I hope to explore this theme along a series of trajectories and to demonstrate – to scientists, technologists, designers and policymakers and to the wider public beyond – how we could create transformational ways for people to engage with and make sense of data. I aim to work collaboratively (with old and new partners) to develop projects and experiments that express digital data in different ways that engage human biological senses other than just sight and hearing – such as touch, smell, taste, balance, temperature, proprioception and time etc. I am particularly keen to engage with researchers in the biological and life sciences (and hybrid fields such as computational biology) to create a bridge between how people interact with and make sense of the biological world around us, and with digital systems.
Documenting Traditional Knowledge in Papua New Guinea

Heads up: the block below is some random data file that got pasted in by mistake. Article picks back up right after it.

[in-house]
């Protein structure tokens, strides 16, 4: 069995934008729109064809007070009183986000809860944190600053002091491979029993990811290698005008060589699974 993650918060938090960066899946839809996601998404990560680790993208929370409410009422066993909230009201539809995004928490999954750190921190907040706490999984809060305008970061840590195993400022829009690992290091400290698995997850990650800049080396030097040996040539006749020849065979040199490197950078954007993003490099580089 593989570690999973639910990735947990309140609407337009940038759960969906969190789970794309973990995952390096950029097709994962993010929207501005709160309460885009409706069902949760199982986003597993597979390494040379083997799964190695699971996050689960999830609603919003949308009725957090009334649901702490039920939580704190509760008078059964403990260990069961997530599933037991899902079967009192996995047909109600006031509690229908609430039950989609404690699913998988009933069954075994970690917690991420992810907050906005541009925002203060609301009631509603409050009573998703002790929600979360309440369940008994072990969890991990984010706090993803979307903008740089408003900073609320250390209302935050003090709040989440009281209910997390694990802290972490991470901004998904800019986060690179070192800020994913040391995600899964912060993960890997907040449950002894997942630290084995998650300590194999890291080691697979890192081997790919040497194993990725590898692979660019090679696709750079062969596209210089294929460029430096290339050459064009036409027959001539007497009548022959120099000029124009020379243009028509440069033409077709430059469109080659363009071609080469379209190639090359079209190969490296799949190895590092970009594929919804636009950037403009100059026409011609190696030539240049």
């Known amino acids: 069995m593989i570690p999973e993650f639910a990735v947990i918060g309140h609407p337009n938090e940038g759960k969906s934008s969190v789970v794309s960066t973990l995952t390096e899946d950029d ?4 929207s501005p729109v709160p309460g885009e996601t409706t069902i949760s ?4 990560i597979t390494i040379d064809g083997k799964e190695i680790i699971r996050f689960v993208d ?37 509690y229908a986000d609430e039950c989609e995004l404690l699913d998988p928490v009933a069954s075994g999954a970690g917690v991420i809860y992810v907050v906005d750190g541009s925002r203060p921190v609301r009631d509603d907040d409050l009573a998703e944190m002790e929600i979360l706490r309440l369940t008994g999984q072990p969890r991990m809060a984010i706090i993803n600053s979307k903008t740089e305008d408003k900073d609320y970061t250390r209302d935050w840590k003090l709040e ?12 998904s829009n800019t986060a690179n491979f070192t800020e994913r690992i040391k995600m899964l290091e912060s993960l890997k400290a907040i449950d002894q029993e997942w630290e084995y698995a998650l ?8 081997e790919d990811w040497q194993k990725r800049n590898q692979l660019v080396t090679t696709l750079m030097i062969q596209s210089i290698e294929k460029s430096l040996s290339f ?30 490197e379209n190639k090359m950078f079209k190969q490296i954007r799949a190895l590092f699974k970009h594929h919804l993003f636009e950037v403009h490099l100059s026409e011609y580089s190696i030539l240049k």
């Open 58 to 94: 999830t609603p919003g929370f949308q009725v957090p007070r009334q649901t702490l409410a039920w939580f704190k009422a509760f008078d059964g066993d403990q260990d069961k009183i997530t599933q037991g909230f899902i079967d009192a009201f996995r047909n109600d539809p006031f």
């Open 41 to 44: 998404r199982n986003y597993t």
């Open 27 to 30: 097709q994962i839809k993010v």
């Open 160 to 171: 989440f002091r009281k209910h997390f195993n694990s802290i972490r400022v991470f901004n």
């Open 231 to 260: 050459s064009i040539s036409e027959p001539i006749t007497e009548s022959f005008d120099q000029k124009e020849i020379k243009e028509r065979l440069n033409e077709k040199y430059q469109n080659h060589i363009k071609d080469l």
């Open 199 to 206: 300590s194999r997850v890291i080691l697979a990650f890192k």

Alongside these concerns I am working with Professor James Leach and a community of indigenous people (from Reite village) living a traditional way of life in the jungle in Madang Province, Papua New Guinea. There we are co-developing a simple hybrid digital/physical toolkit for people to self-document local traditional knowledge of plants, customs, design and productions techniques (TK Reite Notebooks). The tools and techniques we are co-designing there are based on my pioneering work since the late 1990s in hybrid digital/physical publishing. It uses the Diffusion eBook format, a unique paper folding method invented in 1999-2000, as well as the bookleteer.com self-publishing platform which was created and launched in 2009. This is another form of what I have called “public authoring” – making it possible for people to communicate things of value in open and shareable ways.